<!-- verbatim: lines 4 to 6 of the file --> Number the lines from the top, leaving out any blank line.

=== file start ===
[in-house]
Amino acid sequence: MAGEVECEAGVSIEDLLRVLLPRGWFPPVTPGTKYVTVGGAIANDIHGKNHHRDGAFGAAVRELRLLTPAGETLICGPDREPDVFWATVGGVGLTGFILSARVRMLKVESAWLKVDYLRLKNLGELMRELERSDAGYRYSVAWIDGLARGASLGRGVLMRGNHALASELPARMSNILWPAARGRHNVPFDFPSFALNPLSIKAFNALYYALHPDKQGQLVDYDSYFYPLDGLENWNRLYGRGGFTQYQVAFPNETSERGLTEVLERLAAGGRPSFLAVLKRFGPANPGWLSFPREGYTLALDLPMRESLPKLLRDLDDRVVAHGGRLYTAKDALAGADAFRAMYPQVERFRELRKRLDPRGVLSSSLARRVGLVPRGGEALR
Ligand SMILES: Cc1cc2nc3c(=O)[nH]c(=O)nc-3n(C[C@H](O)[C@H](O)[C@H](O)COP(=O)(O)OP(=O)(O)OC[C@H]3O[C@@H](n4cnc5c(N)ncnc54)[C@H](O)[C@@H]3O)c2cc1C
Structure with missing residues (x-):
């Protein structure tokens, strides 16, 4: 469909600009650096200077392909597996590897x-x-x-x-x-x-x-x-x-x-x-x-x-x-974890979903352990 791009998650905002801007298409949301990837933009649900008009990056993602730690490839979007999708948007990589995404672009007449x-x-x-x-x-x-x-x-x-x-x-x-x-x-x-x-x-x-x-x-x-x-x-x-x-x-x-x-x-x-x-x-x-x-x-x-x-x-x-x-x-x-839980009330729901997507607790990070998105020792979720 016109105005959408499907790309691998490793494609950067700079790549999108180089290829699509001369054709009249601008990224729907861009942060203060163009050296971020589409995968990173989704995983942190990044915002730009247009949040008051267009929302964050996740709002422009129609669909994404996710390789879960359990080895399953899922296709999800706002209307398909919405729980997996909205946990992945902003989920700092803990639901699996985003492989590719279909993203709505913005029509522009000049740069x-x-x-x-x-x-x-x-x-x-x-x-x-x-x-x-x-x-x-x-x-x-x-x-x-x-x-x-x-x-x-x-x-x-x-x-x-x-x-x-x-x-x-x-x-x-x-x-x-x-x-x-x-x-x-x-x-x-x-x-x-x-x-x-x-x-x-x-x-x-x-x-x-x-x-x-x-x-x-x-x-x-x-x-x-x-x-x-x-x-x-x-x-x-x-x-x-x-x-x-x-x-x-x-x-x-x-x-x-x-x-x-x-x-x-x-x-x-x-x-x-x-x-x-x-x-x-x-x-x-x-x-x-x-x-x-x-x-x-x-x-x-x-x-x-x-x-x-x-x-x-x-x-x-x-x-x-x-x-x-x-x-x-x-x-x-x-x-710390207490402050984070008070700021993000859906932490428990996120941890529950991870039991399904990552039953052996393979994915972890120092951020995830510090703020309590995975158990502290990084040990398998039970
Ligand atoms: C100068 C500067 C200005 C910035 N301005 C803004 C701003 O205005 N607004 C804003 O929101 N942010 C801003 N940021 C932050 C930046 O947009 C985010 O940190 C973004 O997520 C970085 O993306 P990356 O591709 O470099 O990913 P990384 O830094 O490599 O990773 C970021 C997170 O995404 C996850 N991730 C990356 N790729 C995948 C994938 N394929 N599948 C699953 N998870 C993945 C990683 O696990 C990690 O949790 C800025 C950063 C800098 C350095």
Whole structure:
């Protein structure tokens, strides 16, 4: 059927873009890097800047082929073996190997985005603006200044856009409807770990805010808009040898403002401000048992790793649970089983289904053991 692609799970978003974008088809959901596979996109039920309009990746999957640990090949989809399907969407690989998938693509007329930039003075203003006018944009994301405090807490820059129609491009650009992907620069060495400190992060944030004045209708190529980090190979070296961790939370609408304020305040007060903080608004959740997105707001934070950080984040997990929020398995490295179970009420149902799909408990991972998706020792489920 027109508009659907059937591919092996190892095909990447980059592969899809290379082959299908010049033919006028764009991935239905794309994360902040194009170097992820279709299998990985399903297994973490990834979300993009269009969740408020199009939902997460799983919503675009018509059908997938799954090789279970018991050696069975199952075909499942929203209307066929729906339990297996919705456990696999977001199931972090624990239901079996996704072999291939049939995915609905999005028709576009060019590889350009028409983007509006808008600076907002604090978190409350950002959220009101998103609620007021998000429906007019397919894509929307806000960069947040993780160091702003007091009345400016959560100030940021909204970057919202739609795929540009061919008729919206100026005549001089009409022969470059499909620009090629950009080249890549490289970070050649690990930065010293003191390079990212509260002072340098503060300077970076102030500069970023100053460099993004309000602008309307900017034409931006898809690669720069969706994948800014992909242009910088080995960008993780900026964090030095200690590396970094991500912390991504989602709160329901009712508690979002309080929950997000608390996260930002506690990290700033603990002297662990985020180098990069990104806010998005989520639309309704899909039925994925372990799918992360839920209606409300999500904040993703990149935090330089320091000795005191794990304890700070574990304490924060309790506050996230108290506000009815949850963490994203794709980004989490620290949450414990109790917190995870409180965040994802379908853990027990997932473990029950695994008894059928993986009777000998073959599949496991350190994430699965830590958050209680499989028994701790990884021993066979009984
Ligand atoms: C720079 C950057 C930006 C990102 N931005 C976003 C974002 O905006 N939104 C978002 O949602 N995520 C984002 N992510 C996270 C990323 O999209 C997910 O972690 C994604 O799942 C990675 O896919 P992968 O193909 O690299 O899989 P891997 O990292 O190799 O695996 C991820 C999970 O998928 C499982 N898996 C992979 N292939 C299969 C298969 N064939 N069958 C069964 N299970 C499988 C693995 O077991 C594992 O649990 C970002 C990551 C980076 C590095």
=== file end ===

Structure with missing residues (x-):
């Protein structure tokens, strides 16, 4: 469909600009650096200077392909597996590897x-x-x-x-x-x-x-x-x-x-x-x-x-x-974890979903352990 791009998650905002801007298409949301990837933009649900008009990056993602730690490839979007999708948007990589995404672009007449x-x-x-x-x-x-x-x-x-x-x-x-x-x-x-x-x-x-x-x-x-x-x-x-x-x-x-x-x-x-x-x-x-x-x-x-x-x-x-x-x-x-839980009330729901997507607790990070998105020792979720 016109105005959408499907790309691998490793494609950067700079790549999108180089290829699509001369054709009249601008990224729907861009942060203060163009050296971020589409995968990173989704995983942190990044915002730009247009949040008051267009929302964050996740709002422009129609669909994404996710390789879960359990080895399953899922296709999800706002209307398909919405729980997996909205946990992945902003989920700092803990639901699996985003492989590719279909993203709505913005029509522009000049740069x-x-x-x-x-x-x-x-x-x-x-x-x-x-x-x-x-x-x-x-x-x-x-x-x-x-x-x-x-x-x-x-x-x-x-x-x-x-x-x-x-x-x-x-x-x-x-x-x-x-x-x-x-x-x-x-x-x-x-x-x-x-x-x-x-x-x-x-x-x-x-x-x-x-x-x-x-x-x-x-x-x-x-x-x-x-x-x-x-x-x-x-x-x-x-x-x-x-x-x-x-x-x-x-x-x-x-x-x-x-x-x-x-x-x-x-x-x-x-x-x-x-x-x-x-x-x-x-x-x-x-x-x-x-x-x-x-x-x-x-x-x-x-x-x-x-x-x-x-x-x-x-x-x-x-x-x-x-x-x-x-x-x-x-x-x-x-x-710390207490402050984070008070700021993000859906932490428990996120941890529950991870039991399904990552039953052996393979994915972890120092951020995830510090703020309590995975158990502290990084040990398998039970
Ligand atoms: C100068 C500067 C200005 C910035 N301005 C803004 C701003 O205005 N607004 C804003 O929101 N942010 C801003 N940021 C932050 C930046 O947009 C985010 O940190 C973004 O997520 C970085 O993306 P990356 O591709 O470099 O990913 P990384 O830094 O490599 O990773 C970021 C997170 O995404 C996850 N991730 C990356 N790729 C995948 C994938 N394929 N599948 C699953 N998870 C993945 C990683 O696990 C990690 O949790 C800025 C950063 C800098 C350095």